Having read some of the "work" of this group, I can see why.
Low blow, that. Certainly you haven’t read work from the veritable thousands of writers that have attended Grub workshops, classes, conferences, and special events since the mid-90s. Grub Street’s vibe has always been inclusive, embracing all levels of experience; where writers who are just starting out can mingle with, and learn invaluable lessons from, seasoned vets. Where non-pubs meet the pubs. You imply that Grubbies aren’t talented enough to gain industry attention and respect, yet every week I read success stories of Grub writers getting stories, essays, memoirs, and novels published. This is more than a show of respect from the literary and publishing industry, this proves what a sustainable resource Grub Street writers, and writers from such organizations around the world, are to publishing.

What all of you need to do is go out inot the public and listen: listen to the flow of words and how people talk.listen to the stories.
Good advice. As long as it doesn't preclude taking an occasional writing class.

Finally, I have been published and haven't taken or attended a “workshop since colege.
Congratulations on finally getting published. I’m guessing that you were not impressed with your college workshops. I don’t know what college workshops are like; I didn’t study writing until I was well out of college. Sounds like you are implying you got published in spite of these college workshops, and you’re grumpy about Grub Street workshops. Perhaps you had one or two poor experiences with Grub Street. Are you saying, ultimately, that writing cannot be taught? That taking a writing workshop is a waste of time? That a like-minded, supportive writing community is not a good thing? A few thousand Grub Street writers would probably argue the point. I suggest taking another Grub class, see what you think this time around.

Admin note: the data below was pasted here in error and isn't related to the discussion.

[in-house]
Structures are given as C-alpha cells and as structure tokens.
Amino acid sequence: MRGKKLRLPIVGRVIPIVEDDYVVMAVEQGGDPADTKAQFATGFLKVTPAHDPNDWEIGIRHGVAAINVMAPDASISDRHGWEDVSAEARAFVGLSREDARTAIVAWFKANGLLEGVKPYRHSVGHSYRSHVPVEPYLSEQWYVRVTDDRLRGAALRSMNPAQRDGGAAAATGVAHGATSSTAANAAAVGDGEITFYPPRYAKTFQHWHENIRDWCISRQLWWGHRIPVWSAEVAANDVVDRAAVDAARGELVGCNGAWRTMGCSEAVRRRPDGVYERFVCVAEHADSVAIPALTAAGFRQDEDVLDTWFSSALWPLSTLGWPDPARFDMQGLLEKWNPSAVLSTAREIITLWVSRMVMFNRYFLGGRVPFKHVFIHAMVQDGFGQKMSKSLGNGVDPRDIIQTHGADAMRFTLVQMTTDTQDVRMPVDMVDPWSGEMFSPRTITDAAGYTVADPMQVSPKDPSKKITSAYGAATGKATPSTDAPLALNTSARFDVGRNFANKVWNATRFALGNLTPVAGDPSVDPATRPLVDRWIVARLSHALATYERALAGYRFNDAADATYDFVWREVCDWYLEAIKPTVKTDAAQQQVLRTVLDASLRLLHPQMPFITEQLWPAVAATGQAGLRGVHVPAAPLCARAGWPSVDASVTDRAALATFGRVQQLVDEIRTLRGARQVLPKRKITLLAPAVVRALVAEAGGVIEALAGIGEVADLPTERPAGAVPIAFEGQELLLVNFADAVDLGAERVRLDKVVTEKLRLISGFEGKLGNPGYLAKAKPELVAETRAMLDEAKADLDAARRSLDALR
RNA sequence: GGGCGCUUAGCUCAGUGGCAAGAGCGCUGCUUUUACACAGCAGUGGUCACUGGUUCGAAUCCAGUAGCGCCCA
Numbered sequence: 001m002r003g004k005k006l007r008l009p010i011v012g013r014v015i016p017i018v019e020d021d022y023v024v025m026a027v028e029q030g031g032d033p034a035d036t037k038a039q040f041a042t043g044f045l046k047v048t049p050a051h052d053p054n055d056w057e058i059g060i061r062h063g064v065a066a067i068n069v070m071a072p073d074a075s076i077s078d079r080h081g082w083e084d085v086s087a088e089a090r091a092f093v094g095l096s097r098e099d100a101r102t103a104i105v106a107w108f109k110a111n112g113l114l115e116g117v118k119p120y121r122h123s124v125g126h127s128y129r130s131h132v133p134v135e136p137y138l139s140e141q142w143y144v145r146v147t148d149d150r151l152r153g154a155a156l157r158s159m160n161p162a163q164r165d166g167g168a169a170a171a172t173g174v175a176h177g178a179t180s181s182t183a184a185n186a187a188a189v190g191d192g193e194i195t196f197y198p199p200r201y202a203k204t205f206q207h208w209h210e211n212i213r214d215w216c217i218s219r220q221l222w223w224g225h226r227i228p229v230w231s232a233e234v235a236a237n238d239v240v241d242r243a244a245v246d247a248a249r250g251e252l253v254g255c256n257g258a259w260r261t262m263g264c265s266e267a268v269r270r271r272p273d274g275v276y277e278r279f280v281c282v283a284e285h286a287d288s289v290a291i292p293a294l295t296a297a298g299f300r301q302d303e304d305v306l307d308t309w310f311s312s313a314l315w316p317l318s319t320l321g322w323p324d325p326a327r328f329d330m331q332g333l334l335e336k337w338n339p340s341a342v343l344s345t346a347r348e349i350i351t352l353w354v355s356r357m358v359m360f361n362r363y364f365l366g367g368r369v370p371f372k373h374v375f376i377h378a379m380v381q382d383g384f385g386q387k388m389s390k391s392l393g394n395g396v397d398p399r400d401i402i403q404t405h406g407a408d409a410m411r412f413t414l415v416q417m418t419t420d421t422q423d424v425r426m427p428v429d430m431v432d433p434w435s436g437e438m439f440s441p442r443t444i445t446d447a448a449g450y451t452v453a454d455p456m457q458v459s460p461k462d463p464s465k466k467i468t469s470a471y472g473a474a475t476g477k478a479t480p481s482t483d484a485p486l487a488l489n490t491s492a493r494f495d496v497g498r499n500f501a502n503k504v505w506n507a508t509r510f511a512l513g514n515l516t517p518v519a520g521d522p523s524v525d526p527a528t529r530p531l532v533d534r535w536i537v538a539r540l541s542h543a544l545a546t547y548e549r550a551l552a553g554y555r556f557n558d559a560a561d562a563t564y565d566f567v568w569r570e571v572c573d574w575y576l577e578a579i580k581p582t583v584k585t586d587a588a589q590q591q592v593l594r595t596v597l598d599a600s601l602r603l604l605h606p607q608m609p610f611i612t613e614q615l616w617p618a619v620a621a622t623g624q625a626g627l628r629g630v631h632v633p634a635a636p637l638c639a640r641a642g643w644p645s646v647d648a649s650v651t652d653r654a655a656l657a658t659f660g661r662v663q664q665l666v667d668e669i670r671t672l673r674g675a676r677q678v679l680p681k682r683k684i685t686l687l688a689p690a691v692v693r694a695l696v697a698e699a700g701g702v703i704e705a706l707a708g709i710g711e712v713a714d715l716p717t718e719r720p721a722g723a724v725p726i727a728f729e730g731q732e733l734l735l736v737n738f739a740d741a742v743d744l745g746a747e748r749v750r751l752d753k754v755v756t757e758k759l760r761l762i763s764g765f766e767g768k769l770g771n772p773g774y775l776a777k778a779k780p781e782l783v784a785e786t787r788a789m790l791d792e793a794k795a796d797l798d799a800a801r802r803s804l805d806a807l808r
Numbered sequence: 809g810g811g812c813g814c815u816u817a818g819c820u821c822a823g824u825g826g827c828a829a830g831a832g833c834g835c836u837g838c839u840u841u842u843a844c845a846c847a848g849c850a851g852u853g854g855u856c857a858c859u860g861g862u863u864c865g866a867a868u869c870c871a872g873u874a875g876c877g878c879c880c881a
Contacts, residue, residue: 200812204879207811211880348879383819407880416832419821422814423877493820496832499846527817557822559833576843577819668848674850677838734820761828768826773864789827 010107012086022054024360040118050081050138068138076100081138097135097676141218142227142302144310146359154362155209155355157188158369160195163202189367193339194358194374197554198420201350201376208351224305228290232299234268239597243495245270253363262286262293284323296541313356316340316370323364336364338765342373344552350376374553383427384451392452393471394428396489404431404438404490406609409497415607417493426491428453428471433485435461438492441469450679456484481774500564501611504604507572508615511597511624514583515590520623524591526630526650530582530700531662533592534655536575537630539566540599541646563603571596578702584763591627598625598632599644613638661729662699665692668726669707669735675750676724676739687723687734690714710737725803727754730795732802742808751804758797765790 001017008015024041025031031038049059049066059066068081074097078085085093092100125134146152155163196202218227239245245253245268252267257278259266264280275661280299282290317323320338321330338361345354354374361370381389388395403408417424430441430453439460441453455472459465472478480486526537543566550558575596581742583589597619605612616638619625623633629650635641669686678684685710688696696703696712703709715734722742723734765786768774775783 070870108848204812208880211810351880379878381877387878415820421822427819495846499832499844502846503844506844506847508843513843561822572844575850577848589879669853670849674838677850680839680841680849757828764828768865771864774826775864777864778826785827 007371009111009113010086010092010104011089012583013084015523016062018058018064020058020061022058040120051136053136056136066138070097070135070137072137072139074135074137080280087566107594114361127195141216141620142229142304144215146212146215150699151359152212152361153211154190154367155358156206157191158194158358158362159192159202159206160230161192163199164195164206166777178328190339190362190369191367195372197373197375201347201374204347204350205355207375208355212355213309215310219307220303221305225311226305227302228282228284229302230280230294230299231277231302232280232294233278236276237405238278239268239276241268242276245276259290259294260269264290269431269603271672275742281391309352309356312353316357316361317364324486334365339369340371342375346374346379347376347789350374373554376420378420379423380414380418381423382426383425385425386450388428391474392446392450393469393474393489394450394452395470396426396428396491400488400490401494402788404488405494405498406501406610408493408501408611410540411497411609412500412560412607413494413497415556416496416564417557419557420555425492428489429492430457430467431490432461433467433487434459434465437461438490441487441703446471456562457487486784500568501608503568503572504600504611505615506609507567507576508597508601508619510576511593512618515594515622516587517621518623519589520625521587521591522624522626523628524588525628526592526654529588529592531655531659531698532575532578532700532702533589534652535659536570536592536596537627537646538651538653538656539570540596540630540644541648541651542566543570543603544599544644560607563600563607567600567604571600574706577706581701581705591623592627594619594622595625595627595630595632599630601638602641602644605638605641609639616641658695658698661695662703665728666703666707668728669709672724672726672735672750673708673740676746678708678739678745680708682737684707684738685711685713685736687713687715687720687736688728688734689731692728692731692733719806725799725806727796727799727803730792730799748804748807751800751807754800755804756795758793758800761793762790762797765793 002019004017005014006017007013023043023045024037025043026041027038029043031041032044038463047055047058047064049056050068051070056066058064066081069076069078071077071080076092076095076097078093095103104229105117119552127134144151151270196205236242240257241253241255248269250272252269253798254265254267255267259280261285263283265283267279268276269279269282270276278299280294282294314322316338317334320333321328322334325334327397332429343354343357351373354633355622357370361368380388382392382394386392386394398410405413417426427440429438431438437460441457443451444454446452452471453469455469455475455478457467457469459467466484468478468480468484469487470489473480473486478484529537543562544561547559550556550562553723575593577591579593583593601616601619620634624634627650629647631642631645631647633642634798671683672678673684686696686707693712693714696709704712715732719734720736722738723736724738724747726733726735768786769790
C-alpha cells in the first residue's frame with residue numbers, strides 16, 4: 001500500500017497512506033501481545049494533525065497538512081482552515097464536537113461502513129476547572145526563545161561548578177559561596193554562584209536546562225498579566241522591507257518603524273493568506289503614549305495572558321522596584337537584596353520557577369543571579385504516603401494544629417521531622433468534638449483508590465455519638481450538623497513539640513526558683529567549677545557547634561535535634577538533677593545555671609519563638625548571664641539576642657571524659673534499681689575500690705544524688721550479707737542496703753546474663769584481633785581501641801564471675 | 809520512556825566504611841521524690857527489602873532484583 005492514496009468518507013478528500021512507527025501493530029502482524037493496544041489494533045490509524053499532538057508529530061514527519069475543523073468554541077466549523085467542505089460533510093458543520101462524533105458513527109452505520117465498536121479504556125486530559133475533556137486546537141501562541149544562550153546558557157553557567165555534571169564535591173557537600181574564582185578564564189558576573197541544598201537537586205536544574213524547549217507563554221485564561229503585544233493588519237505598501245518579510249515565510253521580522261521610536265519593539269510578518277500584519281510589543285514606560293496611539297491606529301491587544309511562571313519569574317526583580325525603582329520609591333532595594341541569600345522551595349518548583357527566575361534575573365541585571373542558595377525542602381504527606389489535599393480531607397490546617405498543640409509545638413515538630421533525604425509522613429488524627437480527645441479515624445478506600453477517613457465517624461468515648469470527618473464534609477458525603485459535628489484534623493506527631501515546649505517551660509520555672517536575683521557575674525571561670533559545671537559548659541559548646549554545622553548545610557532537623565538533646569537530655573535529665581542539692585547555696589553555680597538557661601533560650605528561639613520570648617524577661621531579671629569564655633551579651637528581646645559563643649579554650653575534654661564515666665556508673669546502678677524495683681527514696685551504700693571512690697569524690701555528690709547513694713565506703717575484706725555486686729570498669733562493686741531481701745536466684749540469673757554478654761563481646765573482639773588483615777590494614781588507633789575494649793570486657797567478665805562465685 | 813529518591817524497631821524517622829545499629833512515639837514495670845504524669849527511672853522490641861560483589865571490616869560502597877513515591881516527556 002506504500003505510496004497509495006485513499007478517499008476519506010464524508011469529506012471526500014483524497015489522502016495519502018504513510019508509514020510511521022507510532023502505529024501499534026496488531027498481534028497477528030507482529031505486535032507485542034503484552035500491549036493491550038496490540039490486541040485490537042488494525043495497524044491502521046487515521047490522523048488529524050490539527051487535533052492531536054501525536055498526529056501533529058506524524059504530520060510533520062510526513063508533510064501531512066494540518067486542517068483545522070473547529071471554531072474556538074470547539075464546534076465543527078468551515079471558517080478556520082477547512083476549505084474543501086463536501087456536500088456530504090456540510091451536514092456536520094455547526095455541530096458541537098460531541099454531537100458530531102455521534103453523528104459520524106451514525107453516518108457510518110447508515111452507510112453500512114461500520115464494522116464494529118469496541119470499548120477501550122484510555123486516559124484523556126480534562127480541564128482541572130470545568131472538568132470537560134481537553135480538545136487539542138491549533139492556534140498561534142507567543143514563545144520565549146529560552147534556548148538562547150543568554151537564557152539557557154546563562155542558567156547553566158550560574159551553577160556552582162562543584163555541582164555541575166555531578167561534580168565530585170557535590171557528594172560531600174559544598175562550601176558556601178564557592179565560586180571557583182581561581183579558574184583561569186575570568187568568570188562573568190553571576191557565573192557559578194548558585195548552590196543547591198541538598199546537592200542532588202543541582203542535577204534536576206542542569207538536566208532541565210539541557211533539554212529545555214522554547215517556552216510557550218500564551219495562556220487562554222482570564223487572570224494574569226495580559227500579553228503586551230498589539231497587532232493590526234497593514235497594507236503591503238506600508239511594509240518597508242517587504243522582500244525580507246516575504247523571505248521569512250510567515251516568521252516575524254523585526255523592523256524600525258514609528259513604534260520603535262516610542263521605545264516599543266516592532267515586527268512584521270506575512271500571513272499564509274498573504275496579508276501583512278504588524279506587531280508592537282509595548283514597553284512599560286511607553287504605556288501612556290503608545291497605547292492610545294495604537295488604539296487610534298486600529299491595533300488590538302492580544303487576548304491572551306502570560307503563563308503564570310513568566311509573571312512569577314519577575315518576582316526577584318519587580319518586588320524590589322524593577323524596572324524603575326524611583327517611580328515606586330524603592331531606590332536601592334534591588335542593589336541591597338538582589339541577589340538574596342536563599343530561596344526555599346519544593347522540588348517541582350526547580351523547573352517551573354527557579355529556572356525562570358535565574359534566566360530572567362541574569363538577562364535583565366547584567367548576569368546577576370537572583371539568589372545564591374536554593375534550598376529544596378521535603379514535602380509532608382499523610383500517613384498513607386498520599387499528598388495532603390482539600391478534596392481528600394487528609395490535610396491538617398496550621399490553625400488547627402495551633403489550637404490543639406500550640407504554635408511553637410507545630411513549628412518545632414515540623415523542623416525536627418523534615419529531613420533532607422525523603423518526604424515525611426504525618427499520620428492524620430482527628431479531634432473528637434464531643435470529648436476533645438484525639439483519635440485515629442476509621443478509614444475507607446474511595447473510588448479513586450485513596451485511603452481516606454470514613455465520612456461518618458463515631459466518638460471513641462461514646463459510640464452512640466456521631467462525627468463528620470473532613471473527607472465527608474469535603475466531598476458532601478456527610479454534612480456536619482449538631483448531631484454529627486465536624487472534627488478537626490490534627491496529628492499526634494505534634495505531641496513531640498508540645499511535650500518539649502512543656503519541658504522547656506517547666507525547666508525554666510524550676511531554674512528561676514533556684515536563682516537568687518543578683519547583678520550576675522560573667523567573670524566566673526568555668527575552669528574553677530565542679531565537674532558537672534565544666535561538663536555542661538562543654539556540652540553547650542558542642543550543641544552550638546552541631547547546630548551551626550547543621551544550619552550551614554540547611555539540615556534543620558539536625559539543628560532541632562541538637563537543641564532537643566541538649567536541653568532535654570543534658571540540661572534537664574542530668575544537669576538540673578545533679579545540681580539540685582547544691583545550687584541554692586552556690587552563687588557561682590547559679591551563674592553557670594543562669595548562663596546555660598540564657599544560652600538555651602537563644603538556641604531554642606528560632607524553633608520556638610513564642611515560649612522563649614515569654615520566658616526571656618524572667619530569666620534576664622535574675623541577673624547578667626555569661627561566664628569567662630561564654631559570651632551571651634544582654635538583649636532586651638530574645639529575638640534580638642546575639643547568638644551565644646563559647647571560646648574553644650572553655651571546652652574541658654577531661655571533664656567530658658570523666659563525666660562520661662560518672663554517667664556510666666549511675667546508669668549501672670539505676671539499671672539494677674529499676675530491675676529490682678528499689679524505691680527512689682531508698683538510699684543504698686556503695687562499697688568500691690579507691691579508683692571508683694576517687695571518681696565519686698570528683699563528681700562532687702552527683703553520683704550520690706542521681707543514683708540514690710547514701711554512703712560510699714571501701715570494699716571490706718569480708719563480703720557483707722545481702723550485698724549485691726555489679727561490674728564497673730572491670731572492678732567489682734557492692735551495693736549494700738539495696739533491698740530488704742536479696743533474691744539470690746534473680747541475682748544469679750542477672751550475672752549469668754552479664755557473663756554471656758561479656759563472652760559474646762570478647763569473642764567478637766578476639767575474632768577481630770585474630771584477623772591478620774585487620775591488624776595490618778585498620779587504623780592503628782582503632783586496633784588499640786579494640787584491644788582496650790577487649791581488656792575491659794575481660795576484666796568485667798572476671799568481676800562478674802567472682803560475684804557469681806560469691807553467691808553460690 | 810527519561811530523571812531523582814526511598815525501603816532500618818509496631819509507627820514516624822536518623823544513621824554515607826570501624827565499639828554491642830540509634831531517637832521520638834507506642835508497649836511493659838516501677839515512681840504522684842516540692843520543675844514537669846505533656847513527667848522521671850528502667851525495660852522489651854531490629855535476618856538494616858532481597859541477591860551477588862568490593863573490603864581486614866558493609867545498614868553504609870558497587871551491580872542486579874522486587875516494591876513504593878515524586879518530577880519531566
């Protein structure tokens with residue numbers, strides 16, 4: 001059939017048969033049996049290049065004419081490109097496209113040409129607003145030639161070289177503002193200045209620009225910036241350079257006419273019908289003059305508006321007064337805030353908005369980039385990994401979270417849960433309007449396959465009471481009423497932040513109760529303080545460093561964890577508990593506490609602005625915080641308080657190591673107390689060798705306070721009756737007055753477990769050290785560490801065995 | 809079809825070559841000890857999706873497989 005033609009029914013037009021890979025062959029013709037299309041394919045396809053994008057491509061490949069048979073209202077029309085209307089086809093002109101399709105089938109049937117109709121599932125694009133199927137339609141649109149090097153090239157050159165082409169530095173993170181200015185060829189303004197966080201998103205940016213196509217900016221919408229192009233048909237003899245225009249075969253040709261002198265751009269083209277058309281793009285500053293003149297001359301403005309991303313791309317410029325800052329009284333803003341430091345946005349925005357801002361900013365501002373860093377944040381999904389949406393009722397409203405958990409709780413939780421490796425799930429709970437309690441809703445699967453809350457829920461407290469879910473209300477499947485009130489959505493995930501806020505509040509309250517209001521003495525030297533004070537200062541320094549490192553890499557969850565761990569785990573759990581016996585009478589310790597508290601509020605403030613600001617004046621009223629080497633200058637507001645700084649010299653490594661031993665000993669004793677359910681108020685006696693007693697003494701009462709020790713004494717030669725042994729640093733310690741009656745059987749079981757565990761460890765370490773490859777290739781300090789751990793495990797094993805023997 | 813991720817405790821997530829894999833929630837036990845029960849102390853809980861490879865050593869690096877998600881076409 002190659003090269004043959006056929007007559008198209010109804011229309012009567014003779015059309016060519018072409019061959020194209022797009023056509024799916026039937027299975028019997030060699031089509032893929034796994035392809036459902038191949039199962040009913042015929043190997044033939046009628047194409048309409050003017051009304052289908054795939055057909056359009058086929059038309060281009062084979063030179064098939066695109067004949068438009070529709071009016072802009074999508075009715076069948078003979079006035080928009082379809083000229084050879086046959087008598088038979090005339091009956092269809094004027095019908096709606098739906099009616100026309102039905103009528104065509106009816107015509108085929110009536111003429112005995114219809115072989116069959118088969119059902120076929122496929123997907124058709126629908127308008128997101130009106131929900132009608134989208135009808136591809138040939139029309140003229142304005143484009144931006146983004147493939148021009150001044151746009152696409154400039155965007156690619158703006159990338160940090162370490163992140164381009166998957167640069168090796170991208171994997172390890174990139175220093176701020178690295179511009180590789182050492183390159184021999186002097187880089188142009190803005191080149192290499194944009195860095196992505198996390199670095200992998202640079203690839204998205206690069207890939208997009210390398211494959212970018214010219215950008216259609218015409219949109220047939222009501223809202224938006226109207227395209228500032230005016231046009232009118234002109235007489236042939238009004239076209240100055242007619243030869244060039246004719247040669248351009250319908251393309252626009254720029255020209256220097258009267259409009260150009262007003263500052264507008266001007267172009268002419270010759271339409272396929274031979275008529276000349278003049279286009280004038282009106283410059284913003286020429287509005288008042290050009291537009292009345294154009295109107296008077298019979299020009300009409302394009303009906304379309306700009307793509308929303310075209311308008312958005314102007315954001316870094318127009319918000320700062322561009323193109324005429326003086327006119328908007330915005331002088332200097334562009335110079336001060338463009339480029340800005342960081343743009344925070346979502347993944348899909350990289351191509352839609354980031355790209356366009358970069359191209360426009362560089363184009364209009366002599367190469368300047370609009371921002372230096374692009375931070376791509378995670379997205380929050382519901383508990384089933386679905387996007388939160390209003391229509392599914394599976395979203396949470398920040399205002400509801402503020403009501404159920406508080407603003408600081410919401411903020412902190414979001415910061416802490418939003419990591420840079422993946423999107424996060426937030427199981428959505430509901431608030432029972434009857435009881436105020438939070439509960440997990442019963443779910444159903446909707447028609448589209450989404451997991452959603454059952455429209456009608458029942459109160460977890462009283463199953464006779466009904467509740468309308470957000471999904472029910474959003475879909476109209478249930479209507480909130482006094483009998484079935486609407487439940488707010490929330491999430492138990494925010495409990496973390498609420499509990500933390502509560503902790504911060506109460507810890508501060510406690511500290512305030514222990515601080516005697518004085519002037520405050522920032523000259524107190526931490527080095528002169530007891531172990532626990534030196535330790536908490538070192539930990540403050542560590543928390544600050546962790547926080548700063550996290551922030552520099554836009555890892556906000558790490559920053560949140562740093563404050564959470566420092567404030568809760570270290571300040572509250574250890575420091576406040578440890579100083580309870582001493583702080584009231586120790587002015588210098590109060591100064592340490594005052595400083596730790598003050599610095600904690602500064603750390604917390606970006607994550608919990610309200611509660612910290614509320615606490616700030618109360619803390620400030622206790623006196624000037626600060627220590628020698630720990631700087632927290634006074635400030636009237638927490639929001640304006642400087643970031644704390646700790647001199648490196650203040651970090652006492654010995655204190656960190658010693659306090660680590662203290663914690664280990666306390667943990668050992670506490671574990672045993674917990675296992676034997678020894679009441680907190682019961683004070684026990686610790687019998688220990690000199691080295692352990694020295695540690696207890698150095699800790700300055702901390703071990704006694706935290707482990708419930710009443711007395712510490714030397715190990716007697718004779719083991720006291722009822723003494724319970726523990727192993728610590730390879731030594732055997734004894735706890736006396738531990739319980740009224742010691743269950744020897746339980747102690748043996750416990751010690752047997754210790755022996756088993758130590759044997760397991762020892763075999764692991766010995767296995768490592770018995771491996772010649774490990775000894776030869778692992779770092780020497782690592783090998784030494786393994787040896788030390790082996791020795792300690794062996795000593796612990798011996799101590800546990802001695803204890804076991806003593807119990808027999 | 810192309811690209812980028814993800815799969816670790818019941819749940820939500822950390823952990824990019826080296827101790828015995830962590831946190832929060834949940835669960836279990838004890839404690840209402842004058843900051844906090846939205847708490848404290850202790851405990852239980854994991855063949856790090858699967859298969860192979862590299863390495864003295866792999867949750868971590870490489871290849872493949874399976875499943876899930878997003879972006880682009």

Writing is about life so live it
I couldn’t have said it better myself.

Friday, July 3, 2009

Lowell, Mass: Hollywood East

I live right in downtown Lowell, MA. During the spring of 2008 Ricky Gervais shot much of his movie, The Invention of Lying (working title, This Side of the Truth), in Massachusetts. Many scenes were shot on location here in Lowell. One weekday Liz and I decided to head down to that day’s location to see if we could spot a movie star. We knew we were getting close when we saw Middle Street lined with trailers. We didn’t see familiar faces around the trailers, but the name on each trailer door was worth the trip.

Out onto Central Street and we found the crew, shooting a scene on the sidewalk. We were directed to cross the street to stay out of the shot, then funneled across to Merrimack Street, where we stood looking back down Central to watch the show. Us and about fifty locals.

We caught sight of Ricky early on. He was both director and lead actor, so he never stopped moving. It was difficult to tell when they were shooting, rehearsing, or changing camera angles. The scene they were shooting involved a lot of movement, so they used a steadicam instead of a stationary camera or a camera atop a tripod or dolly.

We spent a half hour or so watching the bustle of the movie crew.

Aside from Ricky, none of the other actors were around, including Jennifer Garner, Louis C.K., and Rob Lowe.

Why am I mentioning this now, over a year later? Because the trailer for the movie, scheduled for a fall release, just came out. And Lowell is all over this thing. There’s restaurants like the Dubliner and Cobblestones, not to mention the very scene they shot on the sidewalk the day we were there.

Check it out, 18 seconds in:

Okay, that’s not all. Come this Monday, July 6, Hollywood arrives again, this time to film The Fighter, a film directed by David O. Russell, starring Mark Wahlberg and Christian Bale. According to, “Wahlberg will play (Micky) Ward, a fighter (from Lowell) who was losing bouts and was ready to hang up the gloves when his brother came back into his life. Bale will play Eklund, whose drugs and robbery spree drew him a 10- to 15-year sentence in state prison. There, he kicked drugs, became a model prisoner and emerged as a changed man who helped his brother reach the glory that eluded him.” I have no idea how much of the movie they’re shooting in town, but it’s always cool to see a movie crew hanging about. Keep track of the shoot here.

Also, check out Liz’s blog post from last year. She talks more about seeing the Ricky Gervais shoot, with additional pics. Plus, she gives you a little history of another film shot in Lowell.